Effective client communications is the key to success in many professions, including the practice of veterinary medicine. While serving on the New Jersey State Board of Veterinary Medicine for nearly a decade, I was continuously surprised by the number of complaints filed against veterinarians for what amounted to a failure to adequately communicate with client. The care provided by the veterinarian usually met or exceeded the required standard of care, so the complaint could have been avoided if the veterinarian had ensured that what they had intended to communicate with the client was the information that was actually received.
Of course, in many cases it is difficult to obtain that goal, particularly when a beloved pet is critically sick or injured.
That is why a recently published study on topic was of interest to me.
Jane R. Shaw, et al. recently published “Outcomes assessment of on-site communication skills education in a companion animal practice” see J. Am. Vet. Med. Assoc. 2016:249:419-432.
The objective of the assessment was
“to evaluate veterinarian-client communication and veterinarian and client satisfaction with veterinary visits before and after veterinarians underwent a 6-month communication skills training program in a practice setting.”
The results as reported were impressive:
“After the intervention, appointments were 5.4 minutes longer and veterinarians asked 60% fewer closed-ended lifestyle-social questions, provided 1.4 times as much biomedically related client education, and used 1.5 and 1.24 times as much facilitative and emotional rapport communication, respectively, compared with before the intervention.”
By altering the quality of the communication, the veterinarians received more medically-relevant information from their clients, and both veterinarians and clients felt that enhanced communications benefited the pet being treated.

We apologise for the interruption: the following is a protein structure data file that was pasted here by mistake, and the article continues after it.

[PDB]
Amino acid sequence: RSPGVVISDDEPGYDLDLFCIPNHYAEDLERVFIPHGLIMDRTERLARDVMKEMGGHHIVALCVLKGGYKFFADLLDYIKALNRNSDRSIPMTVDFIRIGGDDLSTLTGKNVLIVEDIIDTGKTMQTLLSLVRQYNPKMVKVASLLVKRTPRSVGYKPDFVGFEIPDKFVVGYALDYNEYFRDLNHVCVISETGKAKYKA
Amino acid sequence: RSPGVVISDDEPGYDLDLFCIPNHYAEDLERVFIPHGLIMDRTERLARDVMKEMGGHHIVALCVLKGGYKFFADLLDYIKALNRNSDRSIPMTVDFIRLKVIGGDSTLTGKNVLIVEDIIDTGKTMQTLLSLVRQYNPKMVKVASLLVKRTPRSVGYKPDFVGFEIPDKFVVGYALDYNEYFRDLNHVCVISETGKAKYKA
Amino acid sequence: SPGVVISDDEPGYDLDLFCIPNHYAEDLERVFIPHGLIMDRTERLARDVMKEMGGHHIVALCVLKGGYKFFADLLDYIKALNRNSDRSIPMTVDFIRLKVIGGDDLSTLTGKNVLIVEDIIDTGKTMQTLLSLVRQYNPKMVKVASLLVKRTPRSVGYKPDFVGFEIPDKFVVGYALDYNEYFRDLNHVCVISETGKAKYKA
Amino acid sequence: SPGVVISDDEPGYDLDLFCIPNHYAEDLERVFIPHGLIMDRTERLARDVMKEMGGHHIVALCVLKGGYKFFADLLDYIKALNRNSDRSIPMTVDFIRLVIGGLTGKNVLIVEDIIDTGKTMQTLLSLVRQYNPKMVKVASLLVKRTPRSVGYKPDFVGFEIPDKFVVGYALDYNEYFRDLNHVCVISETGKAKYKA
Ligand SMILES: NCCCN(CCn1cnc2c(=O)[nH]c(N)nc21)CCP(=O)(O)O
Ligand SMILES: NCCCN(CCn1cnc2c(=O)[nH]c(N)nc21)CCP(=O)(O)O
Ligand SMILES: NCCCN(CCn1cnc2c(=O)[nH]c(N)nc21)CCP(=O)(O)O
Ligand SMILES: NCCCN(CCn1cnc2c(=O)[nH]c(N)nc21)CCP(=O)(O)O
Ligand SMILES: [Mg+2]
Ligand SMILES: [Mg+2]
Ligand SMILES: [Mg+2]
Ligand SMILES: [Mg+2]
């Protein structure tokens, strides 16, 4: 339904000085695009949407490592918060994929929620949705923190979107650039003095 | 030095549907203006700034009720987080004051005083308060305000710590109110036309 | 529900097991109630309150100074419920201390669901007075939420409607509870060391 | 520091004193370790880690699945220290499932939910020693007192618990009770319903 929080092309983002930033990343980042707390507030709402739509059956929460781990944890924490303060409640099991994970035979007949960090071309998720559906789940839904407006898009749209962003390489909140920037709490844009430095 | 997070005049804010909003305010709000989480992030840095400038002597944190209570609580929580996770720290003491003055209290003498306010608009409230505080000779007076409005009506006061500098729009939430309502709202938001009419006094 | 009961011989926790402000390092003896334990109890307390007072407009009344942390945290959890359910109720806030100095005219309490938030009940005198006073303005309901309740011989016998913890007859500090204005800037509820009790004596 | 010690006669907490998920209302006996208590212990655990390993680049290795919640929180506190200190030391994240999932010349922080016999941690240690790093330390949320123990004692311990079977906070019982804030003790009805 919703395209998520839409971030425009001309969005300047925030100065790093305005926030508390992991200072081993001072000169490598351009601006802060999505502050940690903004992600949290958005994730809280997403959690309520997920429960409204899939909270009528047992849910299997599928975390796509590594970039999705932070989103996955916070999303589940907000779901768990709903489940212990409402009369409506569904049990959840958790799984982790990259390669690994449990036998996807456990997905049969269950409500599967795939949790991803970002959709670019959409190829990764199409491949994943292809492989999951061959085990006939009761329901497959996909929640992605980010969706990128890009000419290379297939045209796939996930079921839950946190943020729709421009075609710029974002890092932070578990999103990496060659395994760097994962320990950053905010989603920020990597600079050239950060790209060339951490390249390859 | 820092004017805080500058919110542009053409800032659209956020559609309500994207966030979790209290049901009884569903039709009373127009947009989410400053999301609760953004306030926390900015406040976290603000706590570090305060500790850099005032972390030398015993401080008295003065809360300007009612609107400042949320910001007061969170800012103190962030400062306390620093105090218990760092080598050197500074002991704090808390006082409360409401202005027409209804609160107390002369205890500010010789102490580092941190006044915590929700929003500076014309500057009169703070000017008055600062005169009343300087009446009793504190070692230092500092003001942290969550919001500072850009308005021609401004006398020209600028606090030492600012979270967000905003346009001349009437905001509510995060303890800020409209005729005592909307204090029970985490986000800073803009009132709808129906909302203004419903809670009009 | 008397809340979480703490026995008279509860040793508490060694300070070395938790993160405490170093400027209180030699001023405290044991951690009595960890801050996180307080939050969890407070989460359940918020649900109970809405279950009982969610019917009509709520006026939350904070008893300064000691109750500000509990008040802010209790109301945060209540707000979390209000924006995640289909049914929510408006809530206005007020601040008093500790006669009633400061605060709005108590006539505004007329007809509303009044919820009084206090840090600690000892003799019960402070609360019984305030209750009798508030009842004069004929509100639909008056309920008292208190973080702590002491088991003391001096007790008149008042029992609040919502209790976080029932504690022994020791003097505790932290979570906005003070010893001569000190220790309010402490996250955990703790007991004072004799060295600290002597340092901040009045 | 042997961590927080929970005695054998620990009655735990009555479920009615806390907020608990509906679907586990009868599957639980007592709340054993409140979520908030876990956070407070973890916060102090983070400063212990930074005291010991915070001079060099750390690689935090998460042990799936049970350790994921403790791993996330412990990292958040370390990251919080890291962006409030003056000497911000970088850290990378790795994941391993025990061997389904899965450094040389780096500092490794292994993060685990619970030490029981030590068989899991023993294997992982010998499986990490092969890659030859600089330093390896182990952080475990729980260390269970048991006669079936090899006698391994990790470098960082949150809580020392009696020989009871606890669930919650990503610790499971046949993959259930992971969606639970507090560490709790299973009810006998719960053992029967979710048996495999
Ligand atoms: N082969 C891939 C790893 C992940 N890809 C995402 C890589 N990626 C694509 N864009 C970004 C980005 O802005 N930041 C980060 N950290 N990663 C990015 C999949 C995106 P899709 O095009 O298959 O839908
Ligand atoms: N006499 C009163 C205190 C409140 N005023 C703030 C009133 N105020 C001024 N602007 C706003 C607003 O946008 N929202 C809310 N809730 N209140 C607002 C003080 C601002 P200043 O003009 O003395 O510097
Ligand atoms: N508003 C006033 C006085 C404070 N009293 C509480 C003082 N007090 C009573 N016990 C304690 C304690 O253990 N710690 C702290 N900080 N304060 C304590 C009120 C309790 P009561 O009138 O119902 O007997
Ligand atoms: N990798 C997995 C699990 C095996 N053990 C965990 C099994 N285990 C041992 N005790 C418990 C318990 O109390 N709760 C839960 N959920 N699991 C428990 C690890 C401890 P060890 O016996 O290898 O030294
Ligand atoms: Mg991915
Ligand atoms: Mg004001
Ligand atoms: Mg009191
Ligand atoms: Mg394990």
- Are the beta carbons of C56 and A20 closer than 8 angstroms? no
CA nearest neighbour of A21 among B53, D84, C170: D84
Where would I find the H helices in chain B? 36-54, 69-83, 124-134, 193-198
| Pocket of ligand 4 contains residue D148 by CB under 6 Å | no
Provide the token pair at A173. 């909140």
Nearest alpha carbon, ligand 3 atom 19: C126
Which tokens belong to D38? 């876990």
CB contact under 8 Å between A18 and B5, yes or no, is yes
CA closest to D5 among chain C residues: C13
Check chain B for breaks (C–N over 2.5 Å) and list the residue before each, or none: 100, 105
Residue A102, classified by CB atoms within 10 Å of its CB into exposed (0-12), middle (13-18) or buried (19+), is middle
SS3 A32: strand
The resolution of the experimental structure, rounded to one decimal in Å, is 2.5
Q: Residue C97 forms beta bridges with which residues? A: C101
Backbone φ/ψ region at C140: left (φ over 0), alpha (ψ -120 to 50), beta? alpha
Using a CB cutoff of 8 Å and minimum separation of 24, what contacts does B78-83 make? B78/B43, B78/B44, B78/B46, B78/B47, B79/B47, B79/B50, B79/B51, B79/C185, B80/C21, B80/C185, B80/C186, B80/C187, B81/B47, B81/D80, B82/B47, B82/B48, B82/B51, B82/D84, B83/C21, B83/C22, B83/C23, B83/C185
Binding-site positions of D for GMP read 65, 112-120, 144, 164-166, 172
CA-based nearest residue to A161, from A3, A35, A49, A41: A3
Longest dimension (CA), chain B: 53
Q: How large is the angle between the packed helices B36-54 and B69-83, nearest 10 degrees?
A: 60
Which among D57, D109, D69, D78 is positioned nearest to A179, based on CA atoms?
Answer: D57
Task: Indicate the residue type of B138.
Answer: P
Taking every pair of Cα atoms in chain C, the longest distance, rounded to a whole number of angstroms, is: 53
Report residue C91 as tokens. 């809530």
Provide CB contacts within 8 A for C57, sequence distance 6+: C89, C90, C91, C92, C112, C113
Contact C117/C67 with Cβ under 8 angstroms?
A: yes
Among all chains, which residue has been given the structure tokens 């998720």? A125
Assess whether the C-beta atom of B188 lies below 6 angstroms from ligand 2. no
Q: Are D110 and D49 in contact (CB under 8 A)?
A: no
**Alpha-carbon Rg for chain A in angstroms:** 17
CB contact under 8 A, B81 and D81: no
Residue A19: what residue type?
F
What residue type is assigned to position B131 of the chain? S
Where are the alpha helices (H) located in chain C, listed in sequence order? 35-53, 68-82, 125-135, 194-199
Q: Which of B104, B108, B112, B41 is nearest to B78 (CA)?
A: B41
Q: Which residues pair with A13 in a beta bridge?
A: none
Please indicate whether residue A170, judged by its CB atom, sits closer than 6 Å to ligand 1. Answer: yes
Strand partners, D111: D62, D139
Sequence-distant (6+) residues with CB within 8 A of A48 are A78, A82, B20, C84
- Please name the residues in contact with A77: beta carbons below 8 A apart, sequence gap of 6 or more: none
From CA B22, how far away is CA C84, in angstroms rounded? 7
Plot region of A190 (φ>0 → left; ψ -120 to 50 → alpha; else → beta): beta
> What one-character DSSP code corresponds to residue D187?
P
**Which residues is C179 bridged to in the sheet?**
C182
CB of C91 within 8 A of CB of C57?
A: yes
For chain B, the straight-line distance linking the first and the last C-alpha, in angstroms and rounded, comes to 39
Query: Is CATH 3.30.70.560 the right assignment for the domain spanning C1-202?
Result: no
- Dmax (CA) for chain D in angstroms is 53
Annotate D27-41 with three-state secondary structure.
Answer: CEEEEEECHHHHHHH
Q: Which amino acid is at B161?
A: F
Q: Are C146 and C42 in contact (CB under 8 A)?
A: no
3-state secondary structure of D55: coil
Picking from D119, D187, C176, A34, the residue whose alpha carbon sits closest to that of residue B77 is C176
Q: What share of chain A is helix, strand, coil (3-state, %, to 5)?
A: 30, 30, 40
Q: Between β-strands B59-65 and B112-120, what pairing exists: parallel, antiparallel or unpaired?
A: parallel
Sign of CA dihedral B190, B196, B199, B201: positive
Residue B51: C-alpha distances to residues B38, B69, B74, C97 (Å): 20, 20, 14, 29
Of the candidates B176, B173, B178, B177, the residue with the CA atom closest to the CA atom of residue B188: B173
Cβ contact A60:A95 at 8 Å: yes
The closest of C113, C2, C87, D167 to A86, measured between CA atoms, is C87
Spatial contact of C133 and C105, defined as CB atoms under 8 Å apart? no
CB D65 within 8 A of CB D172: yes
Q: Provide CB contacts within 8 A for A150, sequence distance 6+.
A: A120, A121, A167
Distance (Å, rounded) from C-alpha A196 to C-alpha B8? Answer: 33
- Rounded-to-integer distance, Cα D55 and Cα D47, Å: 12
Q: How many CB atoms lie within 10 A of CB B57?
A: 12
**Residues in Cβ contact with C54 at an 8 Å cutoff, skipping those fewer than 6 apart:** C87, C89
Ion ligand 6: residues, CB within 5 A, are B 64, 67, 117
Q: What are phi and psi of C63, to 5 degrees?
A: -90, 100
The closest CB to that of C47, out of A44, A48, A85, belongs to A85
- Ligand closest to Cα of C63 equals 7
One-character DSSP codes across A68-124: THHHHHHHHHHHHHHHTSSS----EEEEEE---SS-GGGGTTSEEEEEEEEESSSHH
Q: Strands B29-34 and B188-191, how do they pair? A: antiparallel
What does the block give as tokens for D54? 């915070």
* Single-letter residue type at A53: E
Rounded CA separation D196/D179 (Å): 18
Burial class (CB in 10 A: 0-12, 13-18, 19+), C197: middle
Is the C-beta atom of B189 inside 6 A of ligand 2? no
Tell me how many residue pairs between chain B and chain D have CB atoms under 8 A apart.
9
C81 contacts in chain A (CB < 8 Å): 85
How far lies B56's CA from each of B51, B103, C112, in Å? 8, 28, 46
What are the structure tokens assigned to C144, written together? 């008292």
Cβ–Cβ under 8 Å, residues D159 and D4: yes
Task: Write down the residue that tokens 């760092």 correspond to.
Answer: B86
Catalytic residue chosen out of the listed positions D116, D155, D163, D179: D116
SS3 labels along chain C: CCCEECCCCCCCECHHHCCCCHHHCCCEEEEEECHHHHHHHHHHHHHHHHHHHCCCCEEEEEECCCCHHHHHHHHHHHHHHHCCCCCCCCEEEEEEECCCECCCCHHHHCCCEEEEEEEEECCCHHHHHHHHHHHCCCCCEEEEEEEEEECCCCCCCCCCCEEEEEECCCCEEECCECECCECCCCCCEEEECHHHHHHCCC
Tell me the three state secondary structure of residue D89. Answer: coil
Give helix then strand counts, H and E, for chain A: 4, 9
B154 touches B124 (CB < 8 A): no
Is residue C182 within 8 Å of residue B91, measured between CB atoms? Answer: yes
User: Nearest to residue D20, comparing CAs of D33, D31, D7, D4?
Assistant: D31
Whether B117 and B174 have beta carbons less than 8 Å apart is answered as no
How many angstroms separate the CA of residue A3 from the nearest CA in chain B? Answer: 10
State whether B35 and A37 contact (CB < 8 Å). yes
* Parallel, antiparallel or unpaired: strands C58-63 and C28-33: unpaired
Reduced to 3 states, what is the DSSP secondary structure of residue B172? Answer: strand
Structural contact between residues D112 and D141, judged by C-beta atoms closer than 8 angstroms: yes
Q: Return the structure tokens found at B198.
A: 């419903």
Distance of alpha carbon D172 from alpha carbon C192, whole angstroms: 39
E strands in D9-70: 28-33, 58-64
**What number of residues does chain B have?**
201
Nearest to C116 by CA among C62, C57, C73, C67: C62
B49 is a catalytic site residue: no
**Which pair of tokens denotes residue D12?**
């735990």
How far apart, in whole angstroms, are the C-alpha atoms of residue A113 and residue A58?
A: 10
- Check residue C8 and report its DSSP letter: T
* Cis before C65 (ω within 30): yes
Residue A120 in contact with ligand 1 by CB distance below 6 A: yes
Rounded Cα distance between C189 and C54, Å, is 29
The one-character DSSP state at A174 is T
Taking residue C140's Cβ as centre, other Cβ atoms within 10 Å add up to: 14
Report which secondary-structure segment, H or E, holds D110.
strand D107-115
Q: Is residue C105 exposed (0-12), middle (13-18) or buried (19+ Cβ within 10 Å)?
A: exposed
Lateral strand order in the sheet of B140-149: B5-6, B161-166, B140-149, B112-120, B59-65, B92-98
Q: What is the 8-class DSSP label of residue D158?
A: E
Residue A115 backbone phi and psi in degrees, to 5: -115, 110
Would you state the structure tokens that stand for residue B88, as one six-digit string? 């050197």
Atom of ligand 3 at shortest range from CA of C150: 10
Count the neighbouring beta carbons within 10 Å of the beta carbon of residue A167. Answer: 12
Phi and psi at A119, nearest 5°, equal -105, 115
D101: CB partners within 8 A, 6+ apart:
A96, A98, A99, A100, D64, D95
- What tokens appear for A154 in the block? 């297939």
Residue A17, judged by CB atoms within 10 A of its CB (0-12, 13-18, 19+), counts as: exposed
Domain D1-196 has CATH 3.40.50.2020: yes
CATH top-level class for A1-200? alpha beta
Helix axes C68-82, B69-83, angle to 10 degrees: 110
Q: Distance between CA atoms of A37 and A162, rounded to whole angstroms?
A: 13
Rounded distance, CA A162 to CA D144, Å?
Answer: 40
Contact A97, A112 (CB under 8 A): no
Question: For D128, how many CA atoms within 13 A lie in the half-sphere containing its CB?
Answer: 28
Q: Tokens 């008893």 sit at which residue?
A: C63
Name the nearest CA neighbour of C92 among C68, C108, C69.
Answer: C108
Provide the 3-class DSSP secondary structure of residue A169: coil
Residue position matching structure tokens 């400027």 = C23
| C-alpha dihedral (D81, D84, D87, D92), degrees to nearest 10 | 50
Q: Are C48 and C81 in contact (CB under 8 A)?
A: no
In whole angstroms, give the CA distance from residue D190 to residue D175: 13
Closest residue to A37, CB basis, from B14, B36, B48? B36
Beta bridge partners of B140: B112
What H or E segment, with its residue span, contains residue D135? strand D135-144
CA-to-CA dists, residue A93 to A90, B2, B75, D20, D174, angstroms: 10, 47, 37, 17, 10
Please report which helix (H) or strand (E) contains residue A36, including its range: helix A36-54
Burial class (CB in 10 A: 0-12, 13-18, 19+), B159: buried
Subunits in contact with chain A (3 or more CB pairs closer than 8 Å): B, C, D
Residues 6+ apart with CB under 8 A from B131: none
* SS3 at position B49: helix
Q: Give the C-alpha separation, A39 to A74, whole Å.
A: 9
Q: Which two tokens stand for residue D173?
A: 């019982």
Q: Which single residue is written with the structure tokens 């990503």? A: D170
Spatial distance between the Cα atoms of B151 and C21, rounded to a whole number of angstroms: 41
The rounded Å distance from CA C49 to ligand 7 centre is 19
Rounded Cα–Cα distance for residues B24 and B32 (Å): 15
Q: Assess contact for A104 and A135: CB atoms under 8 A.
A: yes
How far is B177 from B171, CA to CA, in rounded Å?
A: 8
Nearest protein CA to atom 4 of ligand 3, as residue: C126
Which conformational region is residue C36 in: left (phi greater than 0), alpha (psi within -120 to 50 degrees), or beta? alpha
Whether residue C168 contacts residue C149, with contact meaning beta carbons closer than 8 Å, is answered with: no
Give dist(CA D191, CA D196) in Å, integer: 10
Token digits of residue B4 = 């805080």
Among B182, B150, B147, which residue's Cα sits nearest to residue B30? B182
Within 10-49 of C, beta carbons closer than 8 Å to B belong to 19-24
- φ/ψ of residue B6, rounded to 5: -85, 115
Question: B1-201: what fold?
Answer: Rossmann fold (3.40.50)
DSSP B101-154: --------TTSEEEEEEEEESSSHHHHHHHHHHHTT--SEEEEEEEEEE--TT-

Adequate communication between veterinarians and their clients is not only considered a “core clinical skill” by the AVMA Council on Education while evaluating colleges of veterinary medicine for accreditation purposes, it forms the basis of requirements by most States for veterinarians to obtain informed consent from clients before providing veterinary services to their patients.
The AVMA approved a policy on informed consent in 2007.
“Informed consent better protects the public by ensuring that veterinarians provide sufficient information in a manner so that clients may reach appropriate decisions regarding the care of their animals.”
“Veterinarians, to the best of their ability, should inform the client or authorized agent, in a manner that would be understood by a reasonable person, of the diagnostic and treatment options, risk assessment, and prognosis, and should provide the client or authorized agent with an estimate of the charges for veterinary services to be rendered. The client or authorized agent should indicate that the information is understood and consents to the recommended treatment or procedure.”
“Documentation of verbal or written informed consent and the client’s understanding is recommended.”
States, including New York have disciplined veterinarians for failure to obtain informed consent.
Also, cases in several states have discussed the requirements for veterinarians to obtain informed consent from their clients.
In Lawrence v. Big Creek Veterinary Hosp., L.L.C., No. 6-2737, 2007 WL 2579436 (Ohio App. 11 Dist. Sept. 7, 2007), the court stated that the informed consent doctrine required for other medical professionals “is clearly indicative of the veterinarian’s duty of care.”
In Hines v. Alldredge, 783 F.3d 197 (5th Cir. 2015), the court cited Tex. Med. Providers Performing Abortion Servs. v. Lakey, 667 F.3d 570, 584–85 (5th Cir.2012) (Higginbotham, J., concurring) for the conclusion that “[t]he doctor-patient relationship has long been conducted within the constraints of informed consent to the risks of medical procedures, as demanded by the common law, legislation, and professional norms.”
In Emes Stable v. University of Pennsylvania, 1988 WL 33893 (E.D.Pa. April 4, 1988) the court discussed the requirement for veterinarian to obtain informed consent from clients which includes informing their clients of the “alternatives that a reasonable man such as the owner would deem significant in making a decision whether to undergo the recommended treatment.”
Whether to comply with state veterinary practice acts, or to prevent unwarranted complaints, veterinarians (and their clients) are best served when their communication skills remain a priority in their practice.
 As of November 2007, the AVMA discontinued use of the term “informed consent” in matters relating to veterinary medicine replacing it with the term “owner consent”.